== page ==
Why this antiviral could help COVID-19 patients recover quicker

Researchers around the world are racing to come up with treatments for COVID-19 before more people lose their lives to this devastating virus. The problem is, new treatments take a long time to develop and test. So, why not turn to some of the drugs we’ve already developed to treat other viruses?

Viral diseases have been a part of the human experience pretty much as long as there has been a human experience. So, it’s no wonder that we’ve developed upward of 50 antiviral drugs used to treat a wide range of viruses and other diseases.

One of the many useful antivirals we’ve developed over the years is interferon(IFN)- α2b. This one was created in the 1980s, and since then it’s been used to treat chronic hepatitis C, chronic hepatitis B, hairy cell leukemia, Behçet’s disease, chronic myelogenous leukemia, multiple myeloma, follicular lymphoma, carcinoid tumor, mastocytosis and malignant melanoma.

That’s quite a list. And pretty soon we may be able to add COVID-19 to it. A new study found that interferon(IFN)- α2b reduced inflammation and helped clear the SARS-COV-2 virus out of COVID-19 patients’ upper respiratory tracts quicker.

Interferon(IFN)- α2b could be a critical treatment during the pandemic

During the 2002-2003 SARS outbreak, an international team of researchers decided to test the effect interferon(IFN)- α2b had on the particularly nasty strain of coronavirus. It was effective, which is why the same researchers decided to give it a try against COVID-19 in a new study.

The study included 77 people with COVID-19 in Wuhan, China. All the participants were moderately sick with the virus — they were admitted to the hospital, but they didn’t need intensive care, prolonged oxygen supplementation or intubation.

Researchers found that treating these patients with interferon(IFN)- α2b helped them mount a quicker response to the dangerous and unpredictable virus. More specifically, the drug significantly reduced the amount of time the virus was detectable in the upper respiratory tract. People who took the drug cleared the virus out of their upper respiratory tract about seven days quicker on average.

The drug also lowered blood levels of two inflammatory proteins that are typically elevated in COVID-19 patients — interleukin(IL)-6 and C-reactive protein (CRP).

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Well, interferon(IFN)- α2b is designed to mimic a natural process the body uses to fight viruses. When your body is infected with a virus, it produces signaling proteins called interferons. These interferons are supposed to stop viruses from multiplying and activate other immune cells to fight the virus. But some viruses block the production of interferon. Supplementing with extra interferon in the form of interferon(IFN)- α2b can override this block.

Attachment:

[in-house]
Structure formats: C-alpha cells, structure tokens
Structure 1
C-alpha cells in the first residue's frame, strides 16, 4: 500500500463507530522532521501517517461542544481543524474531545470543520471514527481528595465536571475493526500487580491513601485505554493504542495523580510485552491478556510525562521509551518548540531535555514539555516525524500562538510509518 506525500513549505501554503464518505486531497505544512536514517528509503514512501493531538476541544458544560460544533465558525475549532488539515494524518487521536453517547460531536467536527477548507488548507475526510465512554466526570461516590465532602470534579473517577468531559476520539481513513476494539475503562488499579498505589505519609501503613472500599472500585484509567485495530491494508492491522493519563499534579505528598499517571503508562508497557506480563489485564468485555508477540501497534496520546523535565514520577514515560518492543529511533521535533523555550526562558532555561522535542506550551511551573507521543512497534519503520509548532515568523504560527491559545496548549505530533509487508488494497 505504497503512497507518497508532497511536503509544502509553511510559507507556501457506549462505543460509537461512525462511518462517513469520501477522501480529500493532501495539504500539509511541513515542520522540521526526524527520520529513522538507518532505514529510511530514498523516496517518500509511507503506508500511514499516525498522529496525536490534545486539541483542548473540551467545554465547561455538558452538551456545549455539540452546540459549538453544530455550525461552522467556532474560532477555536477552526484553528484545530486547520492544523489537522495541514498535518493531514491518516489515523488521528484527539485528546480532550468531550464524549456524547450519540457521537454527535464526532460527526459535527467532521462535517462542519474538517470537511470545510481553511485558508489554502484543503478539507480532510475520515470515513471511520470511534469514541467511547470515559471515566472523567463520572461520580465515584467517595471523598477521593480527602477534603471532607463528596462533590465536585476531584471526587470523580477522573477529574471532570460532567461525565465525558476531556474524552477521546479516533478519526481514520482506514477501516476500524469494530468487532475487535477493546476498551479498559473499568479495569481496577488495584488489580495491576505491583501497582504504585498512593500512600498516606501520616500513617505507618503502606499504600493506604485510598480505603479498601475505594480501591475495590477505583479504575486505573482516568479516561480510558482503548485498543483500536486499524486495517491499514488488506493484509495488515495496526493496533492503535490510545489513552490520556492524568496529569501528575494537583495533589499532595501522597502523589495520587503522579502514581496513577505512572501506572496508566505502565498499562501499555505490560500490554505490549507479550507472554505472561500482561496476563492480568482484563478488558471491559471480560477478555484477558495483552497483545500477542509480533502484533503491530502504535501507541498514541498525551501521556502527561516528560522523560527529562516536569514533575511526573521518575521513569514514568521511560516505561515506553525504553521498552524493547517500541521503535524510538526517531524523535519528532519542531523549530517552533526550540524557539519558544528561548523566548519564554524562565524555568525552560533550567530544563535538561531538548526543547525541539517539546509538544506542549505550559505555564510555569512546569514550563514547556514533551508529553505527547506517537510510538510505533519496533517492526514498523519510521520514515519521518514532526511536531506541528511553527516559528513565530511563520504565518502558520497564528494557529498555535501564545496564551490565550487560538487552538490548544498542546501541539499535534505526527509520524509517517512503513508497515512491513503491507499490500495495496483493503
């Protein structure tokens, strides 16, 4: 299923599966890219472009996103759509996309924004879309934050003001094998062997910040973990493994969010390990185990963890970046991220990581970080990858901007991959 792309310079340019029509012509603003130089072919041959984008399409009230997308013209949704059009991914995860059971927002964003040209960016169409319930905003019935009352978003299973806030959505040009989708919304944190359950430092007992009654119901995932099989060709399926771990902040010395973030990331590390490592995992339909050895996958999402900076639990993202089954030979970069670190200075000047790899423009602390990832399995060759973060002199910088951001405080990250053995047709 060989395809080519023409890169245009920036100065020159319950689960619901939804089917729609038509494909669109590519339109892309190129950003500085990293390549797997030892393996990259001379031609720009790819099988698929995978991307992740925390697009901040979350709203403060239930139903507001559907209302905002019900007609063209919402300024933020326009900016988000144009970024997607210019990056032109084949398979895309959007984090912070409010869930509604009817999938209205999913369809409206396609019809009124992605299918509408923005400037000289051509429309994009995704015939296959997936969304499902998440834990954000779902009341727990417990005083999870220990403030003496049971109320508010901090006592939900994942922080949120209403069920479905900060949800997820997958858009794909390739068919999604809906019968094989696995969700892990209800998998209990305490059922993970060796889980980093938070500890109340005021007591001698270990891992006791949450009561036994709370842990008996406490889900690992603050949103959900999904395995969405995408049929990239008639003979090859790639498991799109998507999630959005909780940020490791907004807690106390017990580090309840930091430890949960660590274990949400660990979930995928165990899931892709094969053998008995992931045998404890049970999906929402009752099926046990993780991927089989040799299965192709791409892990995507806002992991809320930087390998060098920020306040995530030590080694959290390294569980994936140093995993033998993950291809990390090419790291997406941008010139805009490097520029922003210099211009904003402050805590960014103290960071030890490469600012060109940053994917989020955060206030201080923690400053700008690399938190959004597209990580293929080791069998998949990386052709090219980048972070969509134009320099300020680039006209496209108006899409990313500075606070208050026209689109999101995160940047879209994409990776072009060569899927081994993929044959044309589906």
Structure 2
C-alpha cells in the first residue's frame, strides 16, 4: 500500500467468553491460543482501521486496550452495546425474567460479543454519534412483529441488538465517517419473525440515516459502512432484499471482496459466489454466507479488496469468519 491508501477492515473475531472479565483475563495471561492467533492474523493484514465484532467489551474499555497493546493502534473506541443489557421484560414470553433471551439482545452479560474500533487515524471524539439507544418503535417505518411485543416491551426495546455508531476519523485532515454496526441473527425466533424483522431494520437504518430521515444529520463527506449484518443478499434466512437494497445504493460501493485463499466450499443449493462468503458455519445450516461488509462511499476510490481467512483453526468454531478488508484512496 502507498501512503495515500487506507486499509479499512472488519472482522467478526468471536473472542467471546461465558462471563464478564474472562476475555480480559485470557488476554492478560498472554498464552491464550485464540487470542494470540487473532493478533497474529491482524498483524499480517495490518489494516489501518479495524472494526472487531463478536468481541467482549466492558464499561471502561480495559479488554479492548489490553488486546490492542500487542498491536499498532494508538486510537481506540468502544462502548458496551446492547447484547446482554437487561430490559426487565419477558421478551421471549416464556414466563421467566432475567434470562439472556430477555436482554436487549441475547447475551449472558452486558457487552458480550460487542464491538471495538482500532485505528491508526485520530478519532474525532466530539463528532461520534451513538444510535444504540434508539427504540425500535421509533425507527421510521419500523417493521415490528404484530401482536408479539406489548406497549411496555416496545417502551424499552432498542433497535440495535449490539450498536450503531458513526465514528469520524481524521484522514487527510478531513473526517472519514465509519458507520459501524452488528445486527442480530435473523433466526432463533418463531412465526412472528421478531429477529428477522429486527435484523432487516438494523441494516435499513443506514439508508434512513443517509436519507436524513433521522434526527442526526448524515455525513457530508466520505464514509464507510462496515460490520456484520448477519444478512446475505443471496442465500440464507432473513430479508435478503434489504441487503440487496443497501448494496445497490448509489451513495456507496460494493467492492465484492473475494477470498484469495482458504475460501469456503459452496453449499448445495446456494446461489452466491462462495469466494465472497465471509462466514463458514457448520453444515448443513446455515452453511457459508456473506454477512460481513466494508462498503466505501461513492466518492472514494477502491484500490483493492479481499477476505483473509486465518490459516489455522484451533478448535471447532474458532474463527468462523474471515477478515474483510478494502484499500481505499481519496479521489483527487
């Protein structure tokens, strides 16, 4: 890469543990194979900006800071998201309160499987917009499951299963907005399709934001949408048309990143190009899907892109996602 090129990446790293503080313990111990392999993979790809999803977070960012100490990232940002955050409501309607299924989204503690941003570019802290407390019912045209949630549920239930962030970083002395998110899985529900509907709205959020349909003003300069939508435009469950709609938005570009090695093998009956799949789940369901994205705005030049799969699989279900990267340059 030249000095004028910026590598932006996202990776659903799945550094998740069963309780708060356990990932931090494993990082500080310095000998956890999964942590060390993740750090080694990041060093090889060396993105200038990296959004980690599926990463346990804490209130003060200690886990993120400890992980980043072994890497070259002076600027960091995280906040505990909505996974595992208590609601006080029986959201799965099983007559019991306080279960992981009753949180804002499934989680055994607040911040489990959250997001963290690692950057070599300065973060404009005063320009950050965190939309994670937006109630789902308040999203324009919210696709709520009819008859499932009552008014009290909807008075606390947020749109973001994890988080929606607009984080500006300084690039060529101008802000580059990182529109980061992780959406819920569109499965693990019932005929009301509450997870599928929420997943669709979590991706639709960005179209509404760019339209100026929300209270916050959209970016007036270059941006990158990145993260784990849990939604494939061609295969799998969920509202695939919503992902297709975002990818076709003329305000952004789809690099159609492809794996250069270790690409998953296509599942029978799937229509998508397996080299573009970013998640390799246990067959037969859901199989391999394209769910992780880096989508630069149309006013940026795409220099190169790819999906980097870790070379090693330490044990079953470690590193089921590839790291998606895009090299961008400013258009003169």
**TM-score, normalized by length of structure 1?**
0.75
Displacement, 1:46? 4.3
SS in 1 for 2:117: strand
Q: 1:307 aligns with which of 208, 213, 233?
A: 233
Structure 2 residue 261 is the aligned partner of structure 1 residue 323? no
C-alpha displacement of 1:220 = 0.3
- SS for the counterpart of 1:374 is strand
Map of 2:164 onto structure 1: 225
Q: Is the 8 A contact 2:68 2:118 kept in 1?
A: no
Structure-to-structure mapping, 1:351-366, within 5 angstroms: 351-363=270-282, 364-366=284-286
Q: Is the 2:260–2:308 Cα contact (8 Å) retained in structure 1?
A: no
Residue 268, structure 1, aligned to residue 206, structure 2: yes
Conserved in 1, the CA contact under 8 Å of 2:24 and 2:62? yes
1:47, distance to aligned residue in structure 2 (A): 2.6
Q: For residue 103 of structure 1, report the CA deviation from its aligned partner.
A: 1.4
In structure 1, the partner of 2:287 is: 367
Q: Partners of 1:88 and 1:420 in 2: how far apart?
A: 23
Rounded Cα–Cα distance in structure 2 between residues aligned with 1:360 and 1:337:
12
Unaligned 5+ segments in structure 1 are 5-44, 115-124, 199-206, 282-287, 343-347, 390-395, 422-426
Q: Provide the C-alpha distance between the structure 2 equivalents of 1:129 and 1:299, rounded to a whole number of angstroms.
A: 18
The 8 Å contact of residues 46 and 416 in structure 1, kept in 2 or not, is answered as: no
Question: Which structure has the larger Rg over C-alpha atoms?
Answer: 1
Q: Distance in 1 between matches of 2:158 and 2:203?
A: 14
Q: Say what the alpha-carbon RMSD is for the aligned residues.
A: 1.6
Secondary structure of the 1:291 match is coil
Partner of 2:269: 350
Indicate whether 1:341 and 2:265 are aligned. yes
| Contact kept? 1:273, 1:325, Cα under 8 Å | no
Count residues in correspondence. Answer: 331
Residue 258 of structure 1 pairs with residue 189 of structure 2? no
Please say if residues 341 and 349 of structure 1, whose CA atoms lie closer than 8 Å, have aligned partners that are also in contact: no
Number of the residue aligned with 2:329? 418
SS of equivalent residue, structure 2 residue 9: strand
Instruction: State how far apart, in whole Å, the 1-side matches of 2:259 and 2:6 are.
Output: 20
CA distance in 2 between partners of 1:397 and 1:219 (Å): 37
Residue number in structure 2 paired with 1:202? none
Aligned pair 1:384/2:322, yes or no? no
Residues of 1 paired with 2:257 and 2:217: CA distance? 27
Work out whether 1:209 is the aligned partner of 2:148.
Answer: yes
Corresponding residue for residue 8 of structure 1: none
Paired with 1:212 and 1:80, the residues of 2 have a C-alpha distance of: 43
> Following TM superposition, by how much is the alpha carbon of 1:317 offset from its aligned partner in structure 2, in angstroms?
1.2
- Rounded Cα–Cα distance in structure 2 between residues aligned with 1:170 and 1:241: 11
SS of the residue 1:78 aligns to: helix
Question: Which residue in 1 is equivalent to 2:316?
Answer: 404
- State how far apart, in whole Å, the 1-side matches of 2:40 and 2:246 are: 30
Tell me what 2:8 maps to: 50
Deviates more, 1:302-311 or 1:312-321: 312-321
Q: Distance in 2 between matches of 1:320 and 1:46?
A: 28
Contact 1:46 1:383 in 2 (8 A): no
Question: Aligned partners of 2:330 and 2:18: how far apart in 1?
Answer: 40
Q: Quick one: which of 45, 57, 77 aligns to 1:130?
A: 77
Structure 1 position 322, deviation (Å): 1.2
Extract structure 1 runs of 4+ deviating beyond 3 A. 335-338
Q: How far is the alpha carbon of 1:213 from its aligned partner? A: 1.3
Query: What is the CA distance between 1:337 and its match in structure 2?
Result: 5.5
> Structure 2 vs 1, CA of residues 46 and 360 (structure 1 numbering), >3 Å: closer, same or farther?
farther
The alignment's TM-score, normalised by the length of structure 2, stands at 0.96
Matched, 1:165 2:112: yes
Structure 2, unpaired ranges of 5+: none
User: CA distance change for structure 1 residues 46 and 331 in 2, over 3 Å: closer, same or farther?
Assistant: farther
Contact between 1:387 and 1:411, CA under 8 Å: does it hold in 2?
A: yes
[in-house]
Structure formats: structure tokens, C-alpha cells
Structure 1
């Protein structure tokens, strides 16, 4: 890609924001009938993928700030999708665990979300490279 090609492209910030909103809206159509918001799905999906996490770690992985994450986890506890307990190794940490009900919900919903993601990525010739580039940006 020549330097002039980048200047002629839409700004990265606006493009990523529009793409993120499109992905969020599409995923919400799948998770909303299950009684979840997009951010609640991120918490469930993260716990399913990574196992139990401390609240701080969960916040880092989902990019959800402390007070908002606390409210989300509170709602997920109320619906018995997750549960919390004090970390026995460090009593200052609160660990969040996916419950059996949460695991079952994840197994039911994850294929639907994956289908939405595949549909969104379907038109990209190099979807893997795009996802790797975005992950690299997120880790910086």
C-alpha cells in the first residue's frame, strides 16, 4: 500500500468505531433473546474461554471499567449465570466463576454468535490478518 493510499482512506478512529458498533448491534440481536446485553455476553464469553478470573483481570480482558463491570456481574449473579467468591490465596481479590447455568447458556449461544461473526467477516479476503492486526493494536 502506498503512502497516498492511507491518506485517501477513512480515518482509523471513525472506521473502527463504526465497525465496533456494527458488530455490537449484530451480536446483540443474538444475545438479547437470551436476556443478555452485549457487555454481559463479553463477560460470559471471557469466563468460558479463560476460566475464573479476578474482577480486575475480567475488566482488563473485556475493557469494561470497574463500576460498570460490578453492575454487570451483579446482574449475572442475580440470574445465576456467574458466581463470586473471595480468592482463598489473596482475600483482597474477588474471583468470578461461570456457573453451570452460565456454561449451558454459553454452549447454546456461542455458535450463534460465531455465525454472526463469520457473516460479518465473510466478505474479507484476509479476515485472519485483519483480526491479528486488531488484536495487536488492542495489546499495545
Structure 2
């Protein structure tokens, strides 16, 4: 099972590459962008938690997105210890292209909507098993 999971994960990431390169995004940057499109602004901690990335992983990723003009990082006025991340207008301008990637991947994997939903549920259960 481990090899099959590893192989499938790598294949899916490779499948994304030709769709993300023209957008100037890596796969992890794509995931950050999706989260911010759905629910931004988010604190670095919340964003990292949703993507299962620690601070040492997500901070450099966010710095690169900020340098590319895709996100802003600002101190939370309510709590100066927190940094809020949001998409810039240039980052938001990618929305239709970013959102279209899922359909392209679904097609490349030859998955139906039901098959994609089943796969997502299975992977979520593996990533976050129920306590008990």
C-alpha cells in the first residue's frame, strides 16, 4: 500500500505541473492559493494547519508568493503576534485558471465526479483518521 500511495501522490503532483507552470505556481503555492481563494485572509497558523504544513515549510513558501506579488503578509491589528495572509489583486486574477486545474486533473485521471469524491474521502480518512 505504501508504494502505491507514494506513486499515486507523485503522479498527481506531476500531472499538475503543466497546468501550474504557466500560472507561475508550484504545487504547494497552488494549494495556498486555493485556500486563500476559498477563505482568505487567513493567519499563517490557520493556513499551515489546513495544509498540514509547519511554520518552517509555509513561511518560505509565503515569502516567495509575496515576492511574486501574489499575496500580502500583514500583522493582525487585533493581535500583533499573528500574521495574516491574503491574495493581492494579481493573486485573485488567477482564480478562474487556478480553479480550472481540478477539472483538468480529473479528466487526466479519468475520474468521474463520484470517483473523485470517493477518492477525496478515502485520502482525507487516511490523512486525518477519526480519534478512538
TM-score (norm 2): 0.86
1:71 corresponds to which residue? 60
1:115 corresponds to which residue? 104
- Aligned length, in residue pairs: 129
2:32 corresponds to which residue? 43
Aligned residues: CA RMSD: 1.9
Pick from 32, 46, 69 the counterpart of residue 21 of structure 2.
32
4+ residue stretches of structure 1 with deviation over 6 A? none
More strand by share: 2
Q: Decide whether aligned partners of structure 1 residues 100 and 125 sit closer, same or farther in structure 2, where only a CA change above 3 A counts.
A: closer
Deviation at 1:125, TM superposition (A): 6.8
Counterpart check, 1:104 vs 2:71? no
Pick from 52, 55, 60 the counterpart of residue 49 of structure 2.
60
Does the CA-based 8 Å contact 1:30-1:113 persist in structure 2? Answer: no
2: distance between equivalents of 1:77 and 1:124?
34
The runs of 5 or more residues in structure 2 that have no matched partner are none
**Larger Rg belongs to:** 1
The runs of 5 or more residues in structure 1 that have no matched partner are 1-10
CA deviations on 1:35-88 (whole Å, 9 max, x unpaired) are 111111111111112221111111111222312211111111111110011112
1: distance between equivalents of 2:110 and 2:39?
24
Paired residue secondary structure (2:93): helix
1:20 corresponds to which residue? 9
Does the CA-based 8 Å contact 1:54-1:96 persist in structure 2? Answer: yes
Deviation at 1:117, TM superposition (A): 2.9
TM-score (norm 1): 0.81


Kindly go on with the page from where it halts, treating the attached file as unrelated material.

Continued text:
“Rather than developing a virus-specific antiviral for each new virus outbreak, I would argue that we should consider interferons as the ‘first responders’ in terms of treatment,” says lead researcher of the study Dr. Eleanor Fish.

Hope on the horizon

This is the first time interferon(IFN)- α2b’s been shown to have beneficial effects against COVID-19. The next step is to test this effect in a clinical trial. But the good news is that since it’s already been used to treat a wide range of diseases, we know its side effects… and there’s the potential for it to be put to good use sooner than treatments that are being developed from scratch.

Of course, at this point, it’s all just speculation. So, hunker down for a while longer. Keep wearing masks, social distancing and taking other measures to keep yourself safe.


  1. UHN-U of T-led study shows antiviral drug can speed up recovery of COVID-19 patient — EurekAlert!
  2. The 12 deadliest viruses on Earth­ — LiveScience.
  3. History and progress of antiviral drugs: From acyclovir to direct-acting antiviral agents (DAAs) for Hepatitis C — Medicina Universitaria.
Jenny Smiechowski

By Jenny Smiechowski

Jenny Smiechowski is a Chicago-based freelance writer who specializes in health, nutrition and the environment. Her work has appeared in online and print publications like Chicagoland Gardening magazine, Organic Lifestyle Magazine, BetterLife Magazine, TheFix.com, Hybridcars.com and Seedstock.com.